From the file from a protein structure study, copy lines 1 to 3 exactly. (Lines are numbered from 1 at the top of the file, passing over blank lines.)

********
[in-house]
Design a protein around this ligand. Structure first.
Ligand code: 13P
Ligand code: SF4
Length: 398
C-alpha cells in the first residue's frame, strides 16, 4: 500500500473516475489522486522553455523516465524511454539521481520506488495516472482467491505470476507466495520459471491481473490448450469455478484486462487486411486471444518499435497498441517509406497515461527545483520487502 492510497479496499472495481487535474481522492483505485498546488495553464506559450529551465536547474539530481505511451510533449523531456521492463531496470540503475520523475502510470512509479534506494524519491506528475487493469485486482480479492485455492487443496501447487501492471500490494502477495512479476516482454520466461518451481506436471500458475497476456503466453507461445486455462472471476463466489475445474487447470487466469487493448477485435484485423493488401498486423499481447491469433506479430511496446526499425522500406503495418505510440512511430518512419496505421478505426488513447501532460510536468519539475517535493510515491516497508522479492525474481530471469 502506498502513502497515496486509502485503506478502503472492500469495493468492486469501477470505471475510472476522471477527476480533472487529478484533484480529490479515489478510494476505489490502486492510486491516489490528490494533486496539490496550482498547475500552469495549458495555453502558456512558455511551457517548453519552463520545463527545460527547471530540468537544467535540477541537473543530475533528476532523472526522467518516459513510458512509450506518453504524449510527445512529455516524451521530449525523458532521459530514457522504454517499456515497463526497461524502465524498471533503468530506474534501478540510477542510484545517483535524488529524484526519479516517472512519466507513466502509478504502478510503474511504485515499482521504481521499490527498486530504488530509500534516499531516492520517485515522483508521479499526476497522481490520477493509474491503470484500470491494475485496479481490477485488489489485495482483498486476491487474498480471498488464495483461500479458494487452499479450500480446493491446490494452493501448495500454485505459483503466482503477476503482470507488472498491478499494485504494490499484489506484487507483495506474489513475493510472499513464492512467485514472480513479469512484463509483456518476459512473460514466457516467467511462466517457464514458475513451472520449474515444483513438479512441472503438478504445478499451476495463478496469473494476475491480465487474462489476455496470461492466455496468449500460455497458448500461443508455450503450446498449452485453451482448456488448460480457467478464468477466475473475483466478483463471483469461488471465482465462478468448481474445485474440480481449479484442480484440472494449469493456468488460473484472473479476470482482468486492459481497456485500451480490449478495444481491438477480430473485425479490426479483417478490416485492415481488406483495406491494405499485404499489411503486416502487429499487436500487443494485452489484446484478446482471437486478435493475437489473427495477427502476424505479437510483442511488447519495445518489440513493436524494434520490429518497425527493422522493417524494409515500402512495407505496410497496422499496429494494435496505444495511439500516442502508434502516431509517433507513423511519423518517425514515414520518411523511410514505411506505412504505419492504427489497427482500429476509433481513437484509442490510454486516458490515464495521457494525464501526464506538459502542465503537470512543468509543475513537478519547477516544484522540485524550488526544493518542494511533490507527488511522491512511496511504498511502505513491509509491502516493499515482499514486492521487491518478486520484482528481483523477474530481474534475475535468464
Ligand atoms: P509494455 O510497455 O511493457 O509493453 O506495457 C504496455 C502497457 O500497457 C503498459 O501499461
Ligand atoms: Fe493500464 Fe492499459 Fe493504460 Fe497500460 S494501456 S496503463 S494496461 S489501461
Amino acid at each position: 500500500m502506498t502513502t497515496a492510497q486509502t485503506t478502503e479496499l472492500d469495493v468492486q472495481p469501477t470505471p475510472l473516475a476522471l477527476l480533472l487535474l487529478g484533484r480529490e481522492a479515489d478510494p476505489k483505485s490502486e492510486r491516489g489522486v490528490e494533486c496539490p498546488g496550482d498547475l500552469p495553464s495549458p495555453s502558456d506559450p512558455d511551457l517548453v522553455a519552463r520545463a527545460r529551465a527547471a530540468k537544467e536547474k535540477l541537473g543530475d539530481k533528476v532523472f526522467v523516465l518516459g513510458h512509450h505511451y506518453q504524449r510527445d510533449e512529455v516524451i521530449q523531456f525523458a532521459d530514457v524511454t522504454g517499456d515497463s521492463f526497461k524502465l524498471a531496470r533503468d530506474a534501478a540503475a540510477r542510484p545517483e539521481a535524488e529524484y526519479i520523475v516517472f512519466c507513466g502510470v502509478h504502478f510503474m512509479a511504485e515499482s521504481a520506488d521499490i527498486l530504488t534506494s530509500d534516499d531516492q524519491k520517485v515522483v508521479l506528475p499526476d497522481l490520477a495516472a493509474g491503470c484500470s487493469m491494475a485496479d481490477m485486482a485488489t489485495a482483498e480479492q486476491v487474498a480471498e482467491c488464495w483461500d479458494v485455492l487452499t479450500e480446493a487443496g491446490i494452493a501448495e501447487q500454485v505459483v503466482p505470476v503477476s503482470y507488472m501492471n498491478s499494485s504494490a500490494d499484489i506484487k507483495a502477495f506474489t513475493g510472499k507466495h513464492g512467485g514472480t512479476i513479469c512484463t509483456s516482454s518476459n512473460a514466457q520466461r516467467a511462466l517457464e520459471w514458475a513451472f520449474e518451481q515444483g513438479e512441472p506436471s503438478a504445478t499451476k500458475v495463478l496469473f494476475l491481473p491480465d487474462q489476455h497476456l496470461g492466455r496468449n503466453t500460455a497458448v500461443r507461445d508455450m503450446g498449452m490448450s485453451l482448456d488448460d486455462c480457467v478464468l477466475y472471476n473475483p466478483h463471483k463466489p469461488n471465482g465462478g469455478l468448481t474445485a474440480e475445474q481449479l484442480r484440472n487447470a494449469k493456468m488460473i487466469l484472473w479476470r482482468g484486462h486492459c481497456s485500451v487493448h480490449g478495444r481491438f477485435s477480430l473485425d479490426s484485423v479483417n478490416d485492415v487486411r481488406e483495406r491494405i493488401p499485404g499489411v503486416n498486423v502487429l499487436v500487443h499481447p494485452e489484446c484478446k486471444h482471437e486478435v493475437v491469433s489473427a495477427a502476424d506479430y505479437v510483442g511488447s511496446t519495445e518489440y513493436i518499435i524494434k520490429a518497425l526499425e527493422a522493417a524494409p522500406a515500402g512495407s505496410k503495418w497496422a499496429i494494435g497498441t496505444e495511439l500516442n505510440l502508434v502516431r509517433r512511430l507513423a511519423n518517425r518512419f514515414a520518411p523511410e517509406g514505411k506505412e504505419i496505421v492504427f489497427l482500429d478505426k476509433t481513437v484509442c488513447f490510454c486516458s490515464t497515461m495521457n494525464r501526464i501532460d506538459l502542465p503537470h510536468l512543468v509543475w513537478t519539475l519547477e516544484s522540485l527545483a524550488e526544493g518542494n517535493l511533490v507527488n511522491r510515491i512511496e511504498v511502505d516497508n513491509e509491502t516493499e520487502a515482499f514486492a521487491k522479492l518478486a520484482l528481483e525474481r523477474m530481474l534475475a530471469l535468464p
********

[in-house]
Design a protein around this ligand. Structure first.
Ligand code: 13P